He just couldn't understand. Why had Kakarot sacrificed himself like that? Was it giving up? Was it a sign of weakness? Or had his rival simply surpassed him yet again, showing him what a true warrior was really all about?
"You walked so fearlessly towards your death," Vegeta said softly, head upturned to the heavens. "But I—" he clenched his jaw, swallowing back his hurt and confusion. "I just watched. I did nothing, just like I could do nothing to protect my son. Like a mere spectator, I watched you both die, and then I was forced to watch as your son—a child—took down the monster that I could not."
It was the ultimate humiliation, and he didn't know where it left him. He could not forgive himself for his inaction or his weakness. This was one failure too many.
"I am no warrior," Vegeta said, closing his eyes in shame. "My honour is gone, my strength worth nothing. I will not fight again."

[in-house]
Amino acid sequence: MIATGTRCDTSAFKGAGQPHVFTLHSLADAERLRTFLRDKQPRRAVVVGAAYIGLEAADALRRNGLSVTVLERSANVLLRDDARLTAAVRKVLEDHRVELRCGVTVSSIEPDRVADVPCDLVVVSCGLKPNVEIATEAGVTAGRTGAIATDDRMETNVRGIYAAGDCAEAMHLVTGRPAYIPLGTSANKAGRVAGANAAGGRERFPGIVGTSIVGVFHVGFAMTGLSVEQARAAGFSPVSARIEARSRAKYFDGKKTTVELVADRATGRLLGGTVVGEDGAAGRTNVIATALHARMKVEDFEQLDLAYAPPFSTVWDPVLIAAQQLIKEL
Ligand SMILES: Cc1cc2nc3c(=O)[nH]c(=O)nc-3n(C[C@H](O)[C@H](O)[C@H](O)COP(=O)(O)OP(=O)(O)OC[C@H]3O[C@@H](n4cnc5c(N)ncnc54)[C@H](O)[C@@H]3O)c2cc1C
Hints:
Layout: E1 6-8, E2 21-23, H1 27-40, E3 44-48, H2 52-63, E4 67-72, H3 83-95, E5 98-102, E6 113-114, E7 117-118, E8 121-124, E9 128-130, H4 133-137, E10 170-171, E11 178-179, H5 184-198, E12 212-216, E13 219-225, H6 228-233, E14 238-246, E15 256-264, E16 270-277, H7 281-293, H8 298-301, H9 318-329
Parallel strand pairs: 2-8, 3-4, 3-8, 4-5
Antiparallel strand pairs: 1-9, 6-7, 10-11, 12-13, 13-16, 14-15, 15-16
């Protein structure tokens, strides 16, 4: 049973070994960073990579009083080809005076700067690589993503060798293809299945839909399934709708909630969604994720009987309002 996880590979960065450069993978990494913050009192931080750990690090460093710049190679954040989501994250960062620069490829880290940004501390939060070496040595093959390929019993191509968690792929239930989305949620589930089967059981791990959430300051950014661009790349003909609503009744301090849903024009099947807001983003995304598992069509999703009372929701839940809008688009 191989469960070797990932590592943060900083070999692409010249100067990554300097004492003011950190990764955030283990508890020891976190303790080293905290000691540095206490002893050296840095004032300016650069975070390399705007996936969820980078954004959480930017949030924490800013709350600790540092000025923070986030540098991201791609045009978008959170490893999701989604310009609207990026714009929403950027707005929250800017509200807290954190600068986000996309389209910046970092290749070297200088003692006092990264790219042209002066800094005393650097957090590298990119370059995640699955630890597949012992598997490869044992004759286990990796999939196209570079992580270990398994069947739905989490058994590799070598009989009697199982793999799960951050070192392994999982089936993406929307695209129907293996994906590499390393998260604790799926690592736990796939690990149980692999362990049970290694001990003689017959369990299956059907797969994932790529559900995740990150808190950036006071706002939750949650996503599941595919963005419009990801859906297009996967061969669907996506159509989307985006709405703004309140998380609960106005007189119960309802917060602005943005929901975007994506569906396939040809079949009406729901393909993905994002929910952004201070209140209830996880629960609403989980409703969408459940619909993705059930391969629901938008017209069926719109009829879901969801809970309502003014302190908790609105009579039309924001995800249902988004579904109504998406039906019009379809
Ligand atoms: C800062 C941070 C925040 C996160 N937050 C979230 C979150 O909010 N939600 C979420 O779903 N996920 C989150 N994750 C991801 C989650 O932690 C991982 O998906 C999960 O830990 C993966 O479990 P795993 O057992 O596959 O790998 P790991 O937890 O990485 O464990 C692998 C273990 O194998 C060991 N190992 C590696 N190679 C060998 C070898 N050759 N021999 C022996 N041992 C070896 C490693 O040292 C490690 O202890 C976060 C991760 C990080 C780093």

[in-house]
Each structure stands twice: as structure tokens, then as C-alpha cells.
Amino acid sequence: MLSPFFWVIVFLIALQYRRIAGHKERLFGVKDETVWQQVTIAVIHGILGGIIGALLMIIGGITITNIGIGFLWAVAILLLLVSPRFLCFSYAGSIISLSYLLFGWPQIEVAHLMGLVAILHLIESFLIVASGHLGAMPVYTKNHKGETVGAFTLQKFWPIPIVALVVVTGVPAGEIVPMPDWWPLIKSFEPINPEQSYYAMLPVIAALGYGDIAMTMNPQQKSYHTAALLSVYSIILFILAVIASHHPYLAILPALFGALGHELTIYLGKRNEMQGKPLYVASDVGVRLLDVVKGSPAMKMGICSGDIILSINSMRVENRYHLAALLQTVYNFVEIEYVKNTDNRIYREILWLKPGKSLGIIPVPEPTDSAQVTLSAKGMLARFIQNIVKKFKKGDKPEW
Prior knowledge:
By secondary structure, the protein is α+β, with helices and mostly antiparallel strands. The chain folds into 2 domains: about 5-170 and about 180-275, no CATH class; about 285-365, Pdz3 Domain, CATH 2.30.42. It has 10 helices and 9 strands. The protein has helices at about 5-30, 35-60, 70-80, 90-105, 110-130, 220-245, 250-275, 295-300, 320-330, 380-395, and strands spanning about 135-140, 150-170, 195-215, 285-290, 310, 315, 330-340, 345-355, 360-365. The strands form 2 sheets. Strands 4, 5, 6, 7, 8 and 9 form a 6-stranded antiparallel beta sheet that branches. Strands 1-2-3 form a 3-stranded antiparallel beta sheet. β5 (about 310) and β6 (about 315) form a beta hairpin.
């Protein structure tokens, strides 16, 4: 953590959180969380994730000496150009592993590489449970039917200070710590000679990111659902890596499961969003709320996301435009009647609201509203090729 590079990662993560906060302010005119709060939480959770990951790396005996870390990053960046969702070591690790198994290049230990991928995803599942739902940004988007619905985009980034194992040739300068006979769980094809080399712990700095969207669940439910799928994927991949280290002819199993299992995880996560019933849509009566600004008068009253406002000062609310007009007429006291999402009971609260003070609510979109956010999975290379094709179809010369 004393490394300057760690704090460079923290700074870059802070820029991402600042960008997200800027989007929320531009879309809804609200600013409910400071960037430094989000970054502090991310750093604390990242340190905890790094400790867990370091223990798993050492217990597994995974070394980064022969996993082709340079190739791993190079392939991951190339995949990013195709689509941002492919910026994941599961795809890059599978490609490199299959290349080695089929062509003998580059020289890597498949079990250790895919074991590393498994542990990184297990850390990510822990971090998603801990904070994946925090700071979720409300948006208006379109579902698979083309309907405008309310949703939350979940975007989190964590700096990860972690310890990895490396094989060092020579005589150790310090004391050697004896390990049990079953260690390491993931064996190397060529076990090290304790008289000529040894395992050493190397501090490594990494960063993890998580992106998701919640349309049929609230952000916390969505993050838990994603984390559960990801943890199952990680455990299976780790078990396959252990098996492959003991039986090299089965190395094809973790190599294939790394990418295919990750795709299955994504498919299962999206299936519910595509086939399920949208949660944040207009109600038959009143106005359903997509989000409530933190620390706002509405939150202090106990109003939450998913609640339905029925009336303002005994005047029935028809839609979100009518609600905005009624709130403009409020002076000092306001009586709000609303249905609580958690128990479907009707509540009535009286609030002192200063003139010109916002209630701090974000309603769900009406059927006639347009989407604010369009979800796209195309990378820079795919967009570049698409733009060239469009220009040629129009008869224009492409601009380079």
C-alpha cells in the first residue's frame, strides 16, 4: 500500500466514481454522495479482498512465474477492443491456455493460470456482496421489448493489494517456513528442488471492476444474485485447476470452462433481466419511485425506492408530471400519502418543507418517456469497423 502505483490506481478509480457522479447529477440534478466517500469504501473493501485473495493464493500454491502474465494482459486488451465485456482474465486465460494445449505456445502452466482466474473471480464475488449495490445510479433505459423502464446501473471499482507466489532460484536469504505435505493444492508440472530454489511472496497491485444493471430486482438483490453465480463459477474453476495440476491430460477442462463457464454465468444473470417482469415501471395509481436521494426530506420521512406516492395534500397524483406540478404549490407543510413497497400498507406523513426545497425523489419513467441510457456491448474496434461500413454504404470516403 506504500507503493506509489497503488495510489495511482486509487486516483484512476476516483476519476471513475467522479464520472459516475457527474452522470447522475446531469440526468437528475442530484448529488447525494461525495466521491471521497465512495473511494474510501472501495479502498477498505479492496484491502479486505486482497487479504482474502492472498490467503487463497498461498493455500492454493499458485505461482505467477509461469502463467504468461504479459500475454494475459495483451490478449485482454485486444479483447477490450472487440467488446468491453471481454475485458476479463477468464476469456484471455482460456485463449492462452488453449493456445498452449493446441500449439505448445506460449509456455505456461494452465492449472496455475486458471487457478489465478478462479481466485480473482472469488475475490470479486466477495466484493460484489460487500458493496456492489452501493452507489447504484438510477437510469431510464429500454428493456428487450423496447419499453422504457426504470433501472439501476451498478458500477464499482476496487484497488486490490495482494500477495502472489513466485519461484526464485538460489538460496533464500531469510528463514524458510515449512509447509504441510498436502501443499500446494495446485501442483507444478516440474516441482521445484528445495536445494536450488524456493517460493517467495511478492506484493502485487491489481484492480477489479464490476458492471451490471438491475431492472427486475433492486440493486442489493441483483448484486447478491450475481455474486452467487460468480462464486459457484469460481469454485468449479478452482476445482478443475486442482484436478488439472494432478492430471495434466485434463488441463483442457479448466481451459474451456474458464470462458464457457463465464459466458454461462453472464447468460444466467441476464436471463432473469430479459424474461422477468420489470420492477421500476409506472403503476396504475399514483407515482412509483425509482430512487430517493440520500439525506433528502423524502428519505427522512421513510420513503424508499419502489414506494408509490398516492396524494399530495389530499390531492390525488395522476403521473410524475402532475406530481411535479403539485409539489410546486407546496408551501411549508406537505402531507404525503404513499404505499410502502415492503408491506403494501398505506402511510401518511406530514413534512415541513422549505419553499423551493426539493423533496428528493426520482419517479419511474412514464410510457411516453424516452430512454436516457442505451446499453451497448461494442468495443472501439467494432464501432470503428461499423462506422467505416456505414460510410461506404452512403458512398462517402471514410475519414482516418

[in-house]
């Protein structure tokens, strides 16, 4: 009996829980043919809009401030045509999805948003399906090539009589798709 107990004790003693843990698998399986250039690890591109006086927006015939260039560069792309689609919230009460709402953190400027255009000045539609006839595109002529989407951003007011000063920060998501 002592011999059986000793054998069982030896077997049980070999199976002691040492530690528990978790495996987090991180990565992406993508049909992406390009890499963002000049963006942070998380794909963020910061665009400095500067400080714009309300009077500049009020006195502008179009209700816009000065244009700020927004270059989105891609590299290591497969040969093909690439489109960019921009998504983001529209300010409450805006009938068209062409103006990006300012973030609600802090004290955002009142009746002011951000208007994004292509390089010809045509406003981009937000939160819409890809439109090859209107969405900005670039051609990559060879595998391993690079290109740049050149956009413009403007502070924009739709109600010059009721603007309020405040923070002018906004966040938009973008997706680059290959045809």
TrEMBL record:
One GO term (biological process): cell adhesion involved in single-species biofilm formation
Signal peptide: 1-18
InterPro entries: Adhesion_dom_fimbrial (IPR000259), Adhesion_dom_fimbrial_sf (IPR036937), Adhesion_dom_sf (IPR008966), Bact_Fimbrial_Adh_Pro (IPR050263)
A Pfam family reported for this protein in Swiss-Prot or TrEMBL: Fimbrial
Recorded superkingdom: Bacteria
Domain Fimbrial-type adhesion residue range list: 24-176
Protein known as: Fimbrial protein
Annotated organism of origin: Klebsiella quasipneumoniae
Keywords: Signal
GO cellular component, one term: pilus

Without a word, he turned and headed in the direction of Capsule Corporation, putting as much distance between himself and the site of his humiliation as possible. And in the silence of his journey, he locked all his dreams of grandeur and honour away in a tiny box in his heart and let it drop into the abyss that had been carved deep within him.
Bruised and broken, it was almost dark by the time Vegeta got back to the large dome that had been his home for the past three years. He landed on the grass clearing near the back house, hoping to slip inside unnoticed to avoid any unwanted questions, but even as he reached out to open the door, he found himself hesitating. All the people who had shown even the smallest sense of genuine affection for him were inside that house, but did he really want to stay with them?